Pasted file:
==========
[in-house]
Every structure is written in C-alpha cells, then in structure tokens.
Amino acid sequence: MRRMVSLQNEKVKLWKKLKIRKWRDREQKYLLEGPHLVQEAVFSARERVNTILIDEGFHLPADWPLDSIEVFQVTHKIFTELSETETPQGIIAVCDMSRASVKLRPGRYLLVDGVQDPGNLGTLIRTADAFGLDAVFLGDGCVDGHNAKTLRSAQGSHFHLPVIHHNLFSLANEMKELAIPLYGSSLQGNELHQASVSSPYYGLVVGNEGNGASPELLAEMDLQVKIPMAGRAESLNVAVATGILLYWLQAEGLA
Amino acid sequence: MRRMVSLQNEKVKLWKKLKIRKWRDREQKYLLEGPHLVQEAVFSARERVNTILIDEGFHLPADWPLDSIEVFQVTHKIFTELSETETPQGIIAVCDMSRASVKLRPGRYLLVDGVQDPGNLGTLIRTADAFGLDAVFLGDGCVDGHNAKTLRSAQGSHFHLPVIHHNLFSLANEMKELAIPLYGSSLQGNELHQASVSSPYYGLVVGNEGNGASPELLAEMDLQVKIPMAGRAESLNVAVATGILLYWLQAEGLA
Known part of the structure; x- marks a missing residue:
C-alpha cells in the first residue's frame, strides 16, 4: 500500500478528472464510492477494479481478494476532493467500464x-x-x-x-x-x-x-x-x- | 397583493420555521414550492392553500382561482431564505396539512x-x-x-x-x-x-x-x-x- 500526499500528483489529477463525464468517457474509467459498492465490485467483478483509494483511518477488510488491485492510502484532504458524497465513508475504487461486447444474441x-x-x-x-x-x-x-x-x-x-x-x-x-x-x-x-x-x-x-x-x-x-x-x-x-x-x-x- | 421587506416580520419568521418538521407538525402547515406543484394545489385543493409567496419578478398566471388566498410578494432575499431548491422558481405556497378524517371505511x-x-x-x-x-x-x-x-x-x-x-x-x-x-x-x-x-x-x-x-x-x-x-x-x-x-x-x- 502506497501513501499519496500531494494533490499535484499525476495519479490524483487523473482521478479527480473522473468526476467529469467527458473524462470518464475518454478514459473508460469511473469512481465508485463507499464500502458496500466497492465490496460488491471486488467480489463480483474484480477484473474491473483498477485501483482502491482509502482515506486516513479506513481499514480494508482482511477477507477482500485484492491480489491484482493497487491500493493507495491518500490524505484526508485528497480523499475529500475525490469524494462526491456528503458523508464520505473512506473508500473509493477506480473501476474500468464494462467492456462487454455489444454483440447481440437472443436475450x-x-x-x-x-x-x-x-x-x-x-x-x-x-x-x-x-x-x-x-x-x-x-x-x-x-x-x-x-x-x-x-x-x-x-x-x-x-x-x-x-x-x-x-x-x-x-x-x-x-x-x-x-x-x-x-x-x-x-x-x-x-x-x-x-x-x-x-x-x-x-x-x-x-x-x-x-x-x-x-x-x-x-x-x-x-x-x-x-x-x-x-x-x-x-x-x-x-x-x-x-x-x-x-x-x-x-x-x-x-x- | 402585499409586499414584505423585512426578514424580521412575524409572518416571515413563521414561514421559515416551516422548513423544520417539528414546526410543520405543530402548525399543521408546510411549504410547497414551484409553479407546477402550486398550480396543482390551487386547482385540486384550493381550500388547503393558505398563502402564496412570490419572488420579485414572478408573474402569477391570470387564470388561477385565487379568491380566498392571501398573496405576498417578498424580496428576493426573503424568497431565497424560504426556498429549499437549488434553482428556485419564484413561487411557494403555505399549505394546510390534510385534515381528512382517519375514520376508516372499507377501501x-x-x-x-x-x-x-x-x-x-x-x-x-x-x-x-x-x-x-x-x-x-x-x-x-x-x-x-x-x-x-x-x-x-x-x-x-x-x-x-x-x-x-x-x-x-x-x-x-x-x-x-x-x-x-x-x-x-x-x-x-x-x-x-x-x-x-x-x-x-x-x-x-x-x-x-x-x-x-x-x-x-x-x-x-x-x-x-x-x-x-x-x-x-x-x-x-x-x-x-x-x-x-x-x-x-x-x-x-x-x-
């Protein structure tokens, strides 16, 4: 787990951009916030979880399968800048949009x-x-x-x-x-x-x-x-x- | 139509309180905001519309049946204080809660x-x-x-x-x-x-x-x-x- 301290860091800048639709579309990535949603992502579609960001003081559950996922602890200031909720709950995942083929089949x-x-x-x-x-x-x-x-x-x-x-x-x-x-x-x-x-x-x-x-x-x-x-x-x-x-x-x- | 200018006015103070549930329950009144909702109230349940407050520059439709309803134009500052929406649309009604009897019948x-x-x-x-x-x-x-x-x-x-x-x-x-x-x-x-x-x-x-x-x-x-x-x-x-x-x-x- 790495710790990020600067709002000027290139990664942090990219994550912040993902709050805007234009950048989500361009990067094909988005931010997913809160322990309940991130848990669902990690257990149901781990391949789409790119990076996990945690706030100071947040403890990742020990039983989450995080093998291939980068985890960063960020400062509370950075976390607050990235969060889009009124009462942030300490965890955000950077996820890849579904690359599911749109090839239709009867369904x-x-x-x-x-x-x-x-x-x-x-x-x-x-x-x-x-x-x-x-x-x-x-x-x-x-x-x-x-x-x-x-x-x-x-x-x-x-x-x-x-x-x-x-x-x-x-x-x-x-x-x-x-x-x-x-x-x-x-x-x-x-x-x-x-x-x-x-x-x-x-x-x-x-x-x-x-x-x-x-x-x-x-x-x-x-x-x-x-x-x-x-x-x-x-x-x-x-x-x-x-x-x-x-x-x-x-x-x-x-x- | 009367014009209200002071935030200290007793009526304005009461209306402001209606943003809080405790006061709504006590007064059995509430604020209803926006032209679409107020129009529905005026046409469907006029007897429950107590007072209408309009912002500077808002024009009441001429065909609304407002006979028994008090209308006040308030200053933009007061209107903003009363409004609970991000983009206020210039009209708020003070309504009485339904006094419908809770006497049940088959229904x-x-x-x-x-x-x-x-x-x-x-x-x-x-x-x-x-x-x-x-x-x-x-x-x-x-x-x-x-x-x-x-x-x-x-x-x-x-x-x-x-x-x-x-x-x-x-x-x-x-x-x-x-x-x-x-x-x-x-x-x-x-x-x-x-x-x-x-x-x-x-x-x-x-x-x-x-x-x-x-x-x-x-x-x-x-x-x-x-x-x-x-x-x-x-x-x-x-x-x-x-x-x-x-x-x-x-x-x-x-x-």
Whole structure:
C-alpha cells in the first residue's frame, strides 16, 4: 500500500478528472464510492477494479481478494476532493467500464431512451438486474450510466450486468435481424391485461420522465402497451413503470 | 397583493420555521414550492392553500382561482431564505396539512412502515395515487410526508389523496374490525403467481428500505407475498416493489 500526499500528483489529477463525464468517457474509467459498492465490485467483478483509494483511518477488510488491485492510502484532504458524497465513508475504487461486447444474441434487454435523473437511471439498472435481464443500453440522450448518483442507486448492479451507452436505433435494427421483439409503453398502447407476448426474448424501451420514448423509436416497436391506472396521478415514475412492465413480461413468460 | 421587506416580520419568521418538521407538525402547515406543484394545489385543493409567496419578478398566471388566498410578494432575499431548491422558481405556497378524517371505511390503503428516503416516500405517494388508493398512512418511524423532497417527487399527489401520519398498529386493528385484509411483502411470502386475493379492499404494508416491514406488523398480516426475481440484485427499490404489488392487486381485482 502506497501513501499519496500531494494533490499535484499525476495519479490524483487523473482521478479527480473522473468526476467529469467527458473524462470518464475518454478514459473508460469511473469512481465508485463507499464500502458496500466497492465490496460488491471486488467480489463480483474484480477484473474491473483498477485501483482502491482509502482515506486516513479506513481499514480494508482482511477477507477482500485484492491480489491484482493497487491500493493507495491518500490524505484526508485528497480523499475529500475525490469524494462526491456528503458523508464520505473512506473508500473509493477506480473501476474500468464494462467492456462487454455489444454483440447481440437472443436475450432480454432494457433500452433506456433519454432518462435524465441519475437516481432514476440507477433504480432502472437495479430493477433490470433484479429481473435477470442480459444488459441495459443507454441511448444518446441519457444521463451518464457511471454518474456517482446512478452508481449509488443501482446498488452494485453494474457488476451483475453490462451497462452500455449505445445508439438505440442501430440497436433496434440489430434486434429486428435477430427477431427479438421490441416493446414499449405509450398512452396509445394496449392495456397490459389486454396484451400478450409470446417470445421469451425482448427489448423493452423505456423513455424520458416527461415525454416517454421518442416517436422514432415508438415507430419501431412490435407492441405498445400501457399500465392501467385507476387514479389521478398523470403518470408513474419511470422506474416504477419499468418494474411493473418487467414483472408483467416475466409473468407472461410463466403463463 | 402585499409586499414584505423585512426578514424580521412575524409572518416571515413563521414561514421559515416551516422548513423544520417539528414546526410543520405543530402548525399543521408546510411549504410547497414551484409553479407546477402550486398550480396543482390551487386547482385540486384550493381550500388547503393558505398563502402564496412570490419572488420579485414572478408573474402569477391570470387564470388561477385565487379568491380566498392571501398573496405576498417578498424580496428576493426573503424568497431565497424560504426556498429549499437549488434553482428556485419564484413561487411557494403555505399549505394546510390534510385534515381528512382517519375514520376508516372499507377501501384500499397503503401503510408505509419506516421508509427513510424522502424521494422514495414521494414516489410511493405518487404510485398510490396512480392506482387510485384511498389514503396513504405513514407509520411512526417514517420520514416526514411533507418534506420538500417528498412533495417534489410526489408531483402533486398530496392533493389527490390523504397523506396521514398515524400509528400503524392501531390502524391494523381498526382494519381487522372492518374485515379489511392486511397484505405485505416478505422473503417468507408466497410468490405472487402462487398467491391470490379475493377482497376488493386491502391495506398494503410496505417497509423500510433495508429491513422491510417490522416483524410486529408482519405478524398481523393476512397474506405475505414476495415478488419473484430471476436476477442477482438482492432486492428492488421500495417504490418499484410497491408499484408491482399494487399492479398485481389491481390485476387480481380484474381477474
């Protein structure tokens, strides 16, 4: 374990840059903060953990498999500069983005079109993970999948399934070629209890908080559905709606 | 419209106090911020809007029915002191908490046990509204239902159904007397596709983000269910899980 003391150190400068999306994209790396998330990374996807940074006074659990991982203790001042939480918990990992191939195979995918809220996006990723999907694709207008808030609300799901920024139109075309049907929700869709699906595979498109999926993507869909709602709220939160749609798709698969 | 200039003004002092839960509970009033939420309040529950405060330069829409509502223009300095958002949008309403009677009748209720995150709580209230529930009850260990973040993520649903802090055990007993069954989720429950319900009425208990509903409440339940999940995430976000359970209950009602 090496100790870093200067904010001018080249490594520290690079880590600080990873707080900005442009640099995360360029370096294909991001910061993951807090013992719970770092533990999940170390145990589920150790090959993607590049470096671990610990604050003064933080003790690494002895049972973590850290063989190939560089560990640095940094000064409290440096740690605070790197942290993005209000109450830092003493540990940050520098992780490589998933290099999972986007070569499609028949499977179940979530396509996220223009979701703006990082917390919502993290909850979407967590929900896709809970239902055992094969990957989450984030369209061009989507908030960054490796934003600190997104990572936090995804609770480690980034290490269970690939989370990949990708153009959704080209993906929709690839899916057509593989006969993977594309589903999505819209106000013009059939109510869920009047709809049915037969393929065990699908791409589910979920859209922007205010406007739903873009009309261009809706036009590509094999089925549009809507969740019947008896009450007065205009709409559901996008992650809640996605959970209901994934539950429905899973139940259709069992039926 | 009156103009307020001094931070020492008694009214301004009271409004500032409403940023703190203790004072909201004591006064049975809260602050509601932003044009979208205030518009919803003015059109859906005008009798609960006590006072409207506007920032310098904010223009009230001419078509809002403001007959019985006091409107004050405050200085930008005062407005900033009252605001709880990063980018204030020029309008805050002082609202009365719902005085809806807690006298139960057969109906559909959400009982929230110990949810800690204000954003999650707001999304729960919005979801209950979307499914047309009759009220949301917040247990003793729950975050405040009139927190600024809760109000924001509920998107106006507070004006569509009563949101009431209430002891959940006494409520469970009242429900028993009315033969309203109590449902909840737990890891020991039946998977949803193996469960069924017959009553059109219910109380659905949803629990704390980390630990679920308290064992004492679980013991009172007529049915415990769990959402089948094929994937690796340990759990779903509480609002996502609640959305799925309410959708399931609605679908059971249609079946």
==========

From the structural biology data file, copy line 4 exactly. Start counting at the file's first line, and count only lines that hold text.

Amino acid sequence: MRRMVSLQNEKVKLWKKLKIRKWRDREQKYLLEGPHLVQEAVFSARERVNTILIDEGFHLPADWPLDSIEVFQVTHKIFTELSETETPQGIIAVCDMSRASVKLRPGRYLLVDGVQDPGNLGTLIRTADAFGLDAVFLGDGCVDGHNAKTLRSAQGSHFHLPVIHHNLFSLANEMKELAIPLYGSSLQGNELHQASVSSPYYGLVVGNEGNGASPELLAEMDLQVKIPMAGRAESLNVAVATGILLYWLQAEGLA